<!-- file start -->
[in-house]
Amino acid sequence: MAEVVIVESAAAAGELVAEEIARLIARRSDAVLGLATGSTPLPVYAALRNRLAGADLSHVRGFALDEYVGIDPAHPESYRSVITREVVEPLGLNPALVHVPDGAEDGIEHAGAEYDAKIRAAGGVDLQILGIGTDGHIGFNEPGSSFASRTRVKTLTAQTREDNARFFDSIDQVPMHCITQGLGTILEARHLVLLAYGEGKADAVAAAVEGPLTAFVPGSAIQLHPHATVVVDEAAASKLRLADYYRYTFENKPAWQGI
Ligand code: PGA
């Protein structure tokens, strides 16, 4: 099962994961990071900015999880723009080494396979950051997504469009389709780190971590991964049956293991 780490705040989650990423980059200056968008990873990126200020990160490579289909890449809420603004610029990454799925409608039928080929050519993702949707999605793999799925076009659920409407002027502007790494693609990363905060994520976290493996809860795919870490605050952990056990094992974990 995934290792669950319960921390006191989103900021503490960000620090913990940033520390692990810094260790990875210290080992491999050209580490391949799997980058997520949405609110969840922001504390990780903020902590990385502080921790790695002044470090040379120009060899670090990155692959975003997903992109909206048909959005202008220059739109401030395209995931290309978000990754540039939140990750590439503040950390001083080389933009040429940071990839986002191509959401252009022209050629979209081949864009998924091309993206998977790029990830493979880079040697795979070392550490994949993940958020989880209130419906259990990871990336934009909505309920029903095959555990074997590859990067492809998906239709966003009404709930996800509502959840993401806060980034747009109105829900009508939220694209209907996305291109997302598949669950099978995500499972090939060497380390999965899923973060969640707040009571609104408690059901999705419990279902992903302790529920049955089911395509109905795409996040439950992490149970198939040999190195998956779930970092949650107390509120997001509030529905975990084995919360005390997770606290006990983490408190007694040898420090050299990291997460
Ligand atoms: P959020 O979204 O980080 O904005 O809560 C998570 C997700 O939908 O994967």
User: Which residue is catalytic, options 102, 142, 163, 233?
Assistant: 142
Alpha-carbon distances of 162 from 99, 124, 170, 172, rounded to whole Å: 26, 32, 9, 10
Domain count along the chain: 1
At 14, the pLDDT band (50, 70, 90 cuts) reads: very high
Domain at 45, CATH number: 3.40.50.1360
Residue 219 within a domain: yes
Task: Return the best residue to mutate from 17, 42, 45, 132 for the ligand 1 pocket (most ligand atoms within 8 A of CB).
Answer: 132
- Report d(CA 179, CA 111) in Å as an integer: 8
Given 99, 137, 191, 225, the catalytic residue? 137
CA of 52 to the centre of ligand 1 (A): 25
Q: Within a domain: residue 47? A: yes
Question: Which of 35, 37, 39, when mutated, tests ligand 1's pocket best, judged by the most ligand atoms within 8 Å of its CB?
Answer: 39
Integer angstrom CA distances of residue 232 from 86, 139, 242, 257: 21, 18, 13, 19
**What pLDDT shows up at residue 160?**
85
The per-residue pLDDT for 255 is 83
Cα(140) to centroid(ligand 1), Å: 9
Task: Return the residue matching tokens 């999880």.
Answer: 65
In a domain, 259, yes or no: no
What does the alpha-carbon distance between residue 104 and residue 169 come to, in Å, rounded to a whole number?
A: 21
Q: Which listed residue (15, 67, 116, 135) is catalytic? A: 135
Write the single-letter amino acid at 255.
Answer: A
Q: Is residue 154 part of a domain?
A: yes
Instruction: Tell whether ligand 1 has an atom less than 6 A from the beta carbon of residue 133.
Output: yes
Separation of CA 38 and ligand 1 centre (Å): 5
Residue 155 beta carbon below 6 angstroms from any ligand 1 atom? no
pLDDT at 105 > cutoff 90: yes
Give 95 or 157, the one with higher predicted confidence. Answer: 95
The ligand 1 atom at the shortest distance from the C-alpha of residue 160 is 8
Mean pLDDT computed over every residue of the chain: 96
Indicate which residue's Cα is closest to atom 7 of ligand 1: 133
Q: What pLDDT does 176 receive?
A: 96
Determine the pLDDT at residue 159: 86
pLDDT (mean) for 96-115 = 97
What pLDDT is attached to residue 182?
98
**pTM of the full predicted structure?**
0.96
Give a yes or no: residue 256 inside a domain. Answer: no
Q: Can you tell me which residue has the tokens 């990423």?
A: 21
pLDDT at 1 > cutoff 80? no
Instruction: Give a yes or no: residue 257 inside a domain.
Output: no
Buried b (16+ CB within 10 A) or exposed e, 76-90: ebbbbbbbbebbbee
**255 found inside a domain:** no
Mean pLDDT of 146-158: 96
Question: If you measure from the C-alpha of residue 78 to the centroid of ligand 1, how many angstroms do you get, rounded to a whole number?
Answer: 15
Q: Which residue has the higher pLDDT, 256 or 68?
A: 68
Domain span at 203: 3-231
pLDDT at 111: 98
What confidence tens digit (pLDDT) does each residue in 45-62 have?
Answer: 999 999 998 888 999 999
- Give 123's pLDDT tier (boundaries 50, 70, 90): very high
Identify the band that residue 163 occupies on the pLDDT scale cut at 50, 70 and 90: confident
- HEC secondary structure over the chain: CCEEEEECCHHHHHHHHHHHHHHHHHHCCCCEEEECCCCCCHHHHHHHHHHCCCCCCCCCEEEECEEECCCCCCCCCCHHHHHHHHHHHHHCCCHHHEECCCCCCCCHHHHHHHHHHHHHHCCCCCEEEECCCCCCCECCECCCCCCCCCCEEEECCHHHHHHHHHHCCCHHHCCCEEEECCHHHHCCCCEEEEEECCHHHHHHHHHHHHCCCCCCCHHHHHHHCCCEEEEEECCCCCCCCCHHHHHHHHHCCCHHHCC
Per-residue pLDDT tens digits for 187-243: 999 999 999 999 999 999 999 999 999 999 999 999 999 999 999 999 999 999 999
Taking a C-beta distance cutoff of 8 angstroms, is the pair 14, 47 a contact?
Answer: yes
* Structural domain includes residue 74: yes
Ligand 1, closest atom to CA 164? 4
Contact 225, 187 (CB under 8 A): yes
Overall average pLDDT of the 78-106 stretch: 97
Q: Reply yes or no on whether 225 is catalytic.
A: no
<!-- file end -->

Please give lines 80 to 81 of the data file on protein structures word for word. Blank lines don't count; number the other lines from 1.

Q: Reply yes or no on whether 225 is catalytic.
A: no